Treatment of Frey’s syndrome after parotidectomy using botulinum toxin infiltration

Introduction: Frey’s Syndrome (gustatory sweating) has been drescribed as a secretory alteration of the eccrine sweat glands located in the facial area due to an inappropriate response to cholinergic stimulus from the auriculotemporal nerve fibers. It is most frequently encountered as a complication of parotidectomy (12.5–62% by subjective methods, 22–98% using Minor’s starch–iodine test). Clinically it results in sweating and flushing of facial skin during salivation.

Materials and methods: 13 patients affected by Frey’s Syndrome after parotidectomy were selected. Stimulation of parotid secretion was performed using acid food. Subsequently, hyperhidrosis happened in the specific facial area and 1 centimeter sided squares were drawed on this region. Subcutaneous infiltration of 5 units of BotoxAlergan™ in each square centimeter was performed.

Results: After one week, patients were revalued by administration of the same acid food and decrease of sweating and flushing was showed comparing to previous situation. The 100% of the patients related improvement of their symptoms. Effects are temporary and infiltration should be repeated after 4–6 months.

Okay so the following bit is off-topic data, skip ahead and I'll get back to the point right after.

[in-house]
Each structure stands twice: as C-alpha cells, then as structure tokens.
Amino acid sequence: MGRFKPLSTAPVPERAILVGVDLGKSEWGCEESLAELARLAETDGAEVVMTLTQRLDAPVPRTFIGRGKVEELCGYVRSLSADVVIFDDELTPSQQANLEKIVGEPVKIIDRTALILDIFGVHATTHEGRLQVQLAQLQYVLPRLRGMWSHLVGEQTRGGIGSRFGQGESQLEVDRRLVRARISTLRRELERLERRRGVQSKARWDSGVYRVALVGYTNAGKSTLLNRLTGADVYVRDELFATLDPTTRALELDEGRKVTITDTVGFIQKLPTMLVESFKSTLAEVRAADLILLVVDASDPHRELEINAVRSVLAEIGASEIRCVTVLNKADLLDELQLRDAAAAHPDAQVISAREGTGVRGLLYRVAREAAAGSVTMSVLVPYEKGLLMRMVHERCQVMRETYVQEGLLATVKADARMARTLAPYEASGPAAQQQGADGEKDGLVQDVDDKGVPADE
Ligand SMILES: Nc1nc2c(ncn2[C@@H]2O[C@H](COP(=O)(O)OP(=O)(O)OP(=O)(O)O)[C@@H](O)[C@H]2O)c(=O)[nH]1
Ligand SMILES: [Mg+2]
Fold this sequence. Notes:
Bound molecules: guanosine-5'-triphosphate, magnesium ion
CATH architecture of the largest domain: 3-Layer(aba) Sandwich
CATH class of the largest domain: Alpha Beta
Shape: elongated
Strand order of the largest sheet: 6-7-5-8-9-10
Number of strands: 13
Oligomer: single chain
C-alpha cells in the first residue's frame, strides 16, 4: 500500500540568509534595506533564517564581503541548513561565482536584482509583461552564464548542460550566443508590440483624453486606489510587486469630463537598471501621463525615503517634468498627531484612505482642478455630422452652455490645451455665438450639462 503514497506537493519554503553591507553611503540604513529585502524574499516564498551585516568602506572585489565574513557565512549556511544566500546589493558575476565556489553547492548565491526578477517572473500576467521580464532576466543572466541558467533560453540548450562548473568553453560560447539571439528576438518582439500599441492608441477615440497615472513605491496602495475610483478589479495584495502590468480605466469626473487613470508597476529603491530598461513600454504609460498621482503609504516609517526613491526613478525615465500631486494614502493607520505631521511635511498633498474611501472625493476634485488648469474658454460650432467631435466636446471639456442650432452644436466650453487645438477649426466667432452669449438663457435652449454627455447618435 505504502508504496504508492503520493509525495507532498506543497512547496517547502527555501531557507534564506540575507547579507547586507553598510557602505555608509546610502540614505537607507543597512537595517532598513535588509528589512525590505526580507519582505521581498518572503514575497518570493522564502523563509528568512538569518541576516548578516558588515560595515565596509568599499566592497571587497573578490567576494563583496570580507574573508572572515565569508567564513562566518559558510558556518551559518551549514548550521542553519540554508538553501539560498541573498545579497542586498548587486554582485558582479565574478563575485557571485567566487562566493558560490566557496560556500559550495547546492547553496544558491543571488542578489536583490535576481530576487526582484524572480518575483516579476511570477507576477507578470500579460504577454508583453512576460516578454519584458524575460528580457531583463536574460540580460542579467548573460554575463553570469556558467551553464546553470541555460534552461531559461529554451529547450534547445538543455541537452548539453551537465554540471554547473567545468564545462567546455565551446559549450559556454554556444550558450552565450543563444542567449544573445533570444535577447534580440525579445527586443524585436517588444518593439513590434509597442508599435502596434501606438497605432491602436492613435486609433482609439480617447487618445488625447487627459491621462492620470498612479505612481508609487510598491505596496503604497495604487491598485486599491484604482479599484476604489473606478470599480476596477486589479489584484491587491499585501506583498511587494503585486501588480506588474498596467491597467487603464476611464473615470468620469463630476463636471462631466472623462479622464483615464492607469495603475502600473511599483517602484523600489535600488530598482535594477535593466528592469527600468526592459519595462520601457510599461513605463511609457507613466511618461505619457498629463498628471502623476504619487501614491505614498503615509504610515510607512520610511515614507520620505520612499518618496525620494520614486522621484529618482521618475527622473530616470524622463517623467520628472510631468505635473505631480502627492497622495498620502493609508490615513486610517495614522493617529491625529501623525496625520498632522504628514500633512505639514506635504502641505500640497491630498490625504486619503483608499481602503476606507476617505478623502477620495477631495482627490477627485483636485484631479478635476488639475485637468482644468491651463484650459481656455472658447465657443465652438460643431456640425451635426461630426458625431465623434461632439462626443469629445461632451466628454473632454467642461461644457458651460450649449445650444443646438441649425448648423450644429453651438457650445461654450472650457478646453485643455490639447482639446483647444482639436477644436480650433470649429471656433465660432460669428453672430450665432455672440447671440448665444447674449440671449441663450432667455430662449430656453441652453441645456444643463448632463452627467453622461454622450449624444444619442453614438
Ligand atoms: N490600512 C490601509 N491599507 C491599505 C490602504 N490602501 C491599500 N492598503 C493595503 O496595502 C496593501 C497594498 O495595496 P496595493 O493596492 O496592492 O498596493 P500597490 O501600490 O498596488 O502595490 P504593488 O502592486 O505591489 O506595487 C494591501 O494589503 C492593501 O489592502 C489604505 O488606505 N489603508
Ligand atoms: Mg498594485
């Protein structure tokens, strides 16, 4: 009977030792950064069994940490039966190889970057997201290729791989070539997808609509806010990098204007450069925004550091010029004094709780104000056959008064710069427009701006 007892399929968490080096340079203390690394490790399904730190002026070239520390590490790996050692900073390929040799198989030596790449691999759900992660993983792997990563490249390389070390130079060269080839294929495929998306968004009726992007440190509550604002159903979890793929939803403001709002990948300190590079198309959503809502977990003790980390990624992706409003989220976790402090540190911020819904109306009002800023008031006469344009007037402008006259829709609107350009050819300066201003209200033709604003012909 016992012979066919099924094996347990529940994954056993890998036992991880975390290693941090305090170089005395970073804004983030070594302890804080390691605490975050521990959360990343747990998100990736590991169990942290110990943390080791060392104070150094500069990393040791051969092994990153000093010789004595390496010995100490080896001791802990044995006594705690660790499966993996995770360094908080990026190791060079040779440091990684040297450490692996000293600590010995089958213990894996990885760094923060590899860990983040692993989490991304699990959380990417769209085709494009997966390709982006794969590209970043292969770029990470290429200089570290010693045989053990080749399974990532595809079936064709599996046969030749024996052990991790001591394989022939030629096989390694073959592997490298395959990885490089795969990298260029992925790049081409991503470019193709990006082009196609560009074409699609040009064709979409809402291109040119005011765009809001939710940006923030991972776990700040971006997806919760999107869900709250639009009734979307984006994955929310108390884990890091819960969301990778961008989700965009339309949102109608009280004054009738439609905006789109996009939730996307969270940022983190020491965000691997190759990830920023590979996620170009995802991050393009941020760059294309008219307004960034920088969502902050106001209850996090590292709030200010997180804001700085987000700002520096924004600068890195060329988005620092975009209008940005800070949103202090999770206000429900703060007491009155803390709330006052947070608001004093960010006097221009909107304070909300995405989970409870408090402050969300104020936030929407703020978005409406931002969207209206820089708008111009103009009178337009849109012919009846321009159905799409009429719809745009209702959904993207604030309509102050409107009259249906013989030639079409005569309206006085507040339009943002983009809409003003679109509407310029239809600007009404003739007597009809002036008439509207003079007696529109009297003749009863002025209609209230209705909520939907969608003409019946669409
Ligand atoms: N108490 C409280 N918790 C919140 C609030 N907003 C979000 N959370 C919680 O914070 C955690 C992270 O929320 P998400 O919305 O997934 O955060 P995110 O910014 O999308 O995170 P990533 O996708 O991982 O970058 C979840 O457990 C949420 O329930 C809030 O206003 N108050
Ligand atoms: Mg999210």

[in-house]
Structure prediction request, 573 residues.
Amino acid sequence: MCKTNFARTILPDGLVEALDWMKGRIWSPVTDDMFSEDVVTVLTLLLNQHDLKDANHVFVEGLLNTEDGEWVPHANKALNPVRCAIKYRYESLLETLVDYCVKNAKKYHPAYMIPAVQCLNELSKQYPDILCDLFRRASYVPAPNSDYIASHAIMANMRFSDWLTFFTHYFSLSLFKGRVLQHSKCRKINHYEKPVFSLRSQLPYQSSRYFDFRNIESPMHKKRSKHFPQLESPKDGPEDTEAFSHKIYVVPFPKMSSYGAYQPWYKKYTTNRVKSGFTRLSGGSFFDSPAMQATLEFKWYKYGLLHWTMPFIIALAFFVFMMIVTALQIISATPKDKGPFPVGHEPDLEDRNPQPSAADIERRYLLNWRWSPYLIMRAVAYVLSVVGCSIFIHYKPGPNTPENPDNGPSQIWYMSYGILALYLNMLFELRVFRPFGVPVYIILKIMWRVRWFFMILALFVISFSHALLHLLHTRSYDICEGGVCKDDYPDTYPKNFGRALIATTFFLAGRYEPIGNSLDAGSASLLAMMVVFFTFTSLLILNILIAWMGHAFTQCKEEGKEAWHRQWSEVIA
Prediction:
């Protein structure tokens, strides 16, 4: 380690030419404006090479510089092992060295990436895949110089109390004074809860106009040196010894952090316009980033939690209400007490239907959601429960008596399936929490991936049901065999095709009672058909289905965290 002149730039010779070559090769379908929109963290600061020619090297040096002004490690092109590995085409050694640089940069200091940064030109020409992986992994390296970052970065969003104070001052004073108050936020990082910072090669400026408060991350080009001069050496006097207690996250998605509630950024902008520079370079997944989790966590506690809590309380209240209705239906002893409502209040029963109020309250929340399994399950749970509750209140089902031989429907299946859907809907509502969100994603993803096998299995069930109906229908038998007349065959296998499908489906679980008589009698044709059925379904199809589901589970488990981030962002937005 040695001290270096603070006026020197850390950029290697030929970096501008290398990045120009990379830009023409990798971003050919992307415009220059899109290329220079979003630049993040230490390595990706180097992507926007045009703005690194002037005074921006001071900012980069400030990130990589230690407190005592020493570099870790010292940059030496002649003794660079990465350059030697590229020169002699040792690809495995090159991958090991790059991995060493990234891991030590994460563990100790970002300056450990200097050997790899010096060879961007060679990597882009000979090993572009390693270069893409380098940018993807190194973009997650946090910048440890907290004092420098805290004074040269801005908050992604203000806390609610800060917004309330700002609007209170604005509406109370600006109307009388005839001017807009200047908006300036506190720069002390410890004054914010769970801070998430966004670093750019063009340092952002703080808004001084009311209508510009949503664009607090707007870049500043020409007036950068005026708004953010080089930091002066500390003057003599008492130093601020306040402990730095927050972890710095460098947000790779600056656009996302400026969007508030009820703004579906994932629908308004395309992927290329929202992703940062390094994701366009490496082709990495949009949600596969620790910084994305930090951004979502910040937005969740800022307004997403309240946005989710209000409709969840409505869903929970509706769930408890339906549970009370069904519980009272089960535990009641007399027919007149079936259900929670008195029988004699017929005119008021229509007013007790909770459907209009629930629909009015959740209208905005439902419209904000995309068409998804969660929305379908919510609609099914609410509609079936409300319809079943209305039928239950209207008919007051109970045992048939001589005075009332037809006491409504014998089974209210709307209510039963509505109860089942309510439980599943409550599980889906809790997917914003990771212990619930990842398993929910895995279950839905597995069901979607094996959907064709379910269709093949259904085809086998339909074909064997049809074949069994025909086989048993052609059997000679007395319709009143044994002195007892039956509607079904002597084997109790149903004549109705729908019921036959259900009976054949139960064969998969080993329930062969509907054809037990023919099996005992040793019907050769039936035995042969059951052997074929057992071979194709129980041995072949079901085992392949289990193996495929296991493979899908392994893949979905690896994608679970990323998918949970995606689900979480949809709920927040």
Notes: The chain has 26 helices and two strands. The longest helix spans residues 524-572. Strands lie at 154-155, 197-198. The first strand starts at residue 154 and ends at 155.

Conclusion: Frey’s Syndrome is a common complication of parotidectomy and can be treated by subcutaneous botulinum toxin infiltration getting excellent results in the following 4–6 months after the administration.

Key words: Frey’s syndrome; parotidectomy

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Jan 21, 2018 | Posted by in Oral and Maxillofacial Surgery | Comments Off on Treatment of Frey’s syndrome after parotidectomy using botulinum toxin infiltration
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